can anyone explain this one to me?  the tub, which stands on four legs but has sides so it looks like a tub set onto (or into) the tiling, is not, in any way, sealed to the wall on either of the two sides that touch up against the tile.  the hot and cold pipes come up between the tub and the tile on the short side, in plain sight, touchable (and conceivably hotter than you'd want to accidentally touch).  when one is taking a shower, water bounces off the body, off the walls, and off the curtain and falls behind the tub on two sides onto the tile floor.

this defies all seventeen years of BAC education.  water is the enemy.  water is violent and dangerous and should be locked up, caged, or otherwise incarcerated.  water is the ruination of all architecture (even Falling Water).  right?

because water is clearly the enemy, we should always seal, finish, control, and ultimately ship water the hell out of anything we build, right?  doesn't water create mold and promote wildlife and destroy the ozone layer?  was I sleeping all through school?  somebody, please explain these pictures.

shower and tub
the tub does not touch the wall on either of the two sides where it could and there is a huge gap where the pipes come up on the short side
corner of tub where tile should (maybe) meet the tub
here's the corner.  you can see a large gap and a small gap and water droplets just relaxing there (because I am taking their picture).  as soon as I leave the room and turn off the light they drift down to the floor...
water collecting under the tub
see, here is the water under the tub on the floor.  that white things is one of the four feet for the tub.
drain for the tub
yes, this is the drain for the tub.  a hole in the tile floor with a pvc pipe going through it.  yes, since you asked, there is water building up all around the hole and I am pretty sure some falls down there to... somewhere.  no I did not test for mold.  I am just assuming that there is mold forming in there somewhere...

Monday, September 10, 2012

skate park!

skate park in Vastra Hamnen
skate park in Vastra Hamnen.  notice the (old) steel shipbuilding cranes in the background
so the government of Malmo asked the people what they wanted as they began further developments in the Western Harbor and all around the city.  a bunch of folks, mostly younger student types, said a skate park.  ask and ye shall receive.  the skate park was built very early on in the development of Vastra Hamnen, long before the building I am staying in was started, maybe 7 years ago or more.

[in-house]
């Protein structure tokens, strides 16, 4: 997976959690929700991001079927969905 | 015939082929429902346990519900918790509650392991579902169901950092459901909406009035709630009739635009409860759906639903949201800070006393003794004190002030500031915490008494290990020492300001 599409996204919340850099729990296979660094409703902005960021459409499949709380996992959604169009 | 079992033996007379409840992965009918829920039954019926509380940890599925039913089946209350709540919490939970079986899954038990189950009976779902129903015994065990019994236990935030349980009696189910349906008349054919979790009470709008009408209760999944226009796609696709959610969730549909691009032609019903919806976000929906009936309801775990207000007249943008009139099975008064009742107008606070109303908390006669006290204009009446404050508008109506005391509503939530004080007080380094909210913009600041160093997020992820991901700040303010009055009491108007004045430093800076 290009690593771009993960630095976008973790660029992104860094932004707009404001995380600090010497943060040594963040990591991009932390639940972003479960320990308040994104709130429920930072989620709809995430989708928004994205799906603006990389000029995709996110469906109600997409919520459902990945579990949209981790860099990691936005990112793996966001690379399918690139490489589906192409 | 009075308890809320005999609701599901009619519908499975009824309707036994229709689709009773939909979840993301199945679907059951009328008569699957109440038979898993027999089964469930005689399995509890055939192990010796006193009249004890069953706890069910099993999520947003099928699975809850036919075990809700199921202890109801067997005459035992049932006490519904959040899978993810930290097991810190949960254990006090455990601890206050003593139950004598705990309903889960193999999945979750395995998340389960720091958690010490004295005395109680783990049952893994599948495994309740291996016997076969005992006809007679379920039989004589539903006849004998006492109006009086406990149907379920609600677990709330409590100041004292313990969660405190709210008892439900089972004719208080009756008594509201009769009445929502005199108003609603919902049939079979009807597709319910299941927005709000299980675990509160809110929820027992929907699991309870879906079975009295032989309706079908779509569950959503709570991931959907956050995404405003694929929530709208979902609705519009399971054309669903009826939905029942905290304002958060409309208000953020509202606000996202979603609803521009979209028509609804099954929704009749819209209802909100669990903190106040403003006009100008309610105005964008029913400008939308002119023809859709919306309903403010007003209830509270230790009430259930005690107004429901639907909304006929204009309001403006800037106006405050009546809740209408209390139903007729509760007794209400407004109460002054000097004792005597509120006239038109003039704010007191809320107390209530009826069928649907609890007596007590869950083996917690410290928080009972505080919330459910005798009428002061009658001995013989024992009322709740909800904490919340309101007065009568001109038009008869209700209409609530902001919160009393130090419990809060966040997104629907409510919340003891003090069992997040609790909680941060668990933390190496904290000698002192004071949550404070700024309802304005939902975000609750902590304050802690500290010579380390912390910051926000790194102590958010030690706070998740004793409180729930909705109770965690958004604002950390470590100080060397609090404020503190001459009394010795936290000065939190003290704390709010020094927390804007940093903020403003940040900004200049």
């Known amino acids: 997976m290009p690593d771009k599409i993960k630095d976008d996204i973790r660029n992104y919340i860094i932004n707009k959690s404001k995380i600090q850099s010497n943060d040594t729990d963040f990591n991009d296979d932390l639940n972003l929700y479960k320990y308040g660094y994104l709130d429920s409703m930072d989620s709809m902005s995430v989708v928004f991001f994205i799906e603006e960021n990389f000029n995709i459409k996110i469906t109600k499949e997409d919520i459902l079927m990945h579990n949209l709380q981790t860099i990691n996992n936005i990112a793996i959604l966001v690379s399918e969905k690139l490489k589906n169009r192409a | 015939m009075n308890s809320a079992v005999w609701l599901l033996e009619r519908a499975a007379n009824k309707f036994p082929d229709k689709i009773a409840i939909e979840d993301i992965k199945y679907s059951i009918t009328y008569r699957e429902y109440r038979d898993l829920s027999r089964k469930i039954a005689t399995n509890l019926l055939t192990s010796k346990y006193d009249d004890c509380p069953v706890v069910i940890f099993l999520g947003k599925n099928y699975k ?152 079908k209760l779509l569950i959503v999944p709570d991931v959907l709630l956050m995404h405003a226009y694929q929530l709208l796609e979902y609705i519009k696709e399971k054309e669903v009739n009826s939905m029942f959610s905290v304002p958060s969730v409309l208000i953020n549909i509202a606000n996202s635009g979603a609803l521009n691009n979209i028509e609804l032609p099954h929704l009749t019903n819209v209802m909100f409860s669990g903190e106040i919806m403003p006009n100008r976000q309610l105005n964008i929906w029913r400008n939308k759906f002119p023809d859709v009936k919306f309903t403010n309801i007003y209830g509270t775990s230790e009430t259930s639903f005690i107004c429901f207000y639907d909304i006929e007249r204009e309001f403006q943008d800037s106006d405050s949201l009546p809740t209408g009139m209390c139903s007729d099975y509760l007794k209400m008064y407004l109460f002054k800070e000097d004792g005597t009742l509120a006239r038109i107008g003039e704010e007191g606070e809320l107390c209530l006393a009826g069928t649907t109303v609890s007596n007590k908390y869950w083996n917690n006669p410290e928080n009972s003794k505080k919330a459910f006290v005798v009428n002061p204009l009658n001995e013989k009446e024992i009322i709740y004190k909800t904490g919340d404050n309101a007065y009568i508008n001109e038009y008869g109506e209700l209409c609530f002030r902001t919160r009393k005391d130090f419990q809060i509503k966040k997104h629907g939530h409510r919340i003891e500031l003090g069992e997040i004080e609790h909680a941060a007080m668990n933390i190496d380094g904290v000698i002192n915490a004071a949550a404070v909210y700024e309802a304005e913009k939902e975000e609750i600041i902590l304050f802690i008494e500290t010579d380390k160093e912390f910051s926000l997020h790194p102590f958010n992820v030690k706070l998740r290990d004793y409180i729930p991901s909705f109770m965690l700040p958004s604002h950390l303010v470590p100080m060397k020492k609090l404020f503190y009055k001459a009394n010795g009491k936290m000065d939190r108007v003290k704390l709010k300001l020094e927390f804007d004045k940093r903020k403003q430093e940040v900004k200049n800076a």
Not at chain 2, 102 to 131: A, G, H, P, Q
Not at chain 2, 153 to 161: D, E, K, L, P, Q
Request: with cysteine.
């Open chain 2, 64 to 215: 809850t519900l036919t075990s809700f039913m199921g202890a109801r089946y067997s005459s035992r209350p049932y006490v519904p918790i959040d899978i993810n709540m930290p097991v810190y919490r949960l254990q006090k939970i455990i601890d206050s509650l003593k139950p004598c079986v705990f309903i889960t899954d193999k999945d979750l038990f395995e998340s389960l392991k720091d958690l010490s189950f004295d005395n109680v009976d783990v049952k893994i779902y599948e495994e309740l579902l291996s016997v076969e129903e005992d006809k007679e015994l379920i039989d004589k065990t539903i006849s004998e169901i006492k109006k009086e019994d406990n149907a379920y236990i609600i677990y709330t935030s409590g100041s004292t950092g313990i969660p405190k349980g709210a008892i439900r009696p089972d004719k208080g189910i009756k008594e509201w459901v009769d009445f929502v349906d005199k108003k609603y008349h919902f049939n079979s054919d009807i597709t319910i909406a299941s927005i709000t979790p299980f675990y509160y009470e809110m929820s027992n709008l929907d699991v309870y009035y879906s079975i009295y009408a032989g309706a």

swedish skate park culture
kids on top of the skate park lining up for radness

skate park in Vastra Hamnen
teaching each other new tricks on top of the skate park in Vastra Hamnen

in the background are former submarine construction buildings
cool dude rolling through the skate park.  buildings behind the park (to the east) are now a university and some other businesses and used to be the site where they built submarines.

skate parks are cool
more skate park and skateboarding.  be glad I am only posting these few pics.  I took way too many.  skate parks and skateboarding are cool. 
kids are there at the skate park all the time.  they skate at night.  they skate during the day.  they skate when it's hot and when it's cold.  they even (according to a local source) skate in the winter.  supposedly kids are there plowing snow and breaking ice off the concrete so they can skate.  wow.
skate park in Vastra Hamnen
if somebody drops into the pool, you have to take a picture
besides the skate ramps and swimming pool and all of that, there is an area behind the park that seems to be where the local roller derby girls train.  I didn't stay for too long, but I did notice that the coach (tall blond in the red shorts) was speaking english to the team.
skate park roller derby practice
roller derby practice at the skate park in Vastra Hamnen.  awesome.
oh, yeah, and there's a rock climbing area too.  in my youth I would have shown that guy hanging upside down a thing or two about... probably nothing.  I would have likely fallen on my head.  luckily I couldn't get out there because I wanted to keep my camera safe from... the roller derby girls.

rock climbing in Malmo
rock climbing at the skate park
anyways, this doesn't directly relate except that it is cultural and cool.  and in the background of some of these pictures you can see the old shipbuilding rigging and site.  guess what they build in that big old abandoned warehouse where they used to build giant ships...

yep.  wind turbines.

Sunday, September 9, 2012

energy company builds (8) showcase apartments

imagine this: NSTAR (or NGRID or whichever energy provider) decides to build (8) showcase experimental apartments as one block, each unit utilizing a different source of energy and systems.  the goal: an experiment to see which systems perform better, how each unit interacts with the grid, and to learn valuable lessons about energy use.  it seems unimaginable, implausible, downright crazy.  crazy like a fox.
E.ON, a German based energy provider, builds apartments
E.ON's energy provider experimental apartment complex with 8 units, each utilizing different methods of creating and collecting energy.
E.ON, a German energy company with a strong foothold here in Sweden, has not only proposed the idea, but bought the land and has begun construction on the apartment complex.  on my tour of Vastra Hamnen, Roland points to the building and explains the idea behind it.  "genius" I say.  "yes" he says.  this will provide key data for the energy company as it moves forward with providing energy to many people in Malmo.  this showcase will help support the company's choices as it decides how to provide energy to its consumers and what strategies the consumers can use to be most efficient.  genius.
across from the skate park
E.ON builds 8 showcase experimental apartments in Vastra Hamnen in the Bo04 area across from the skate park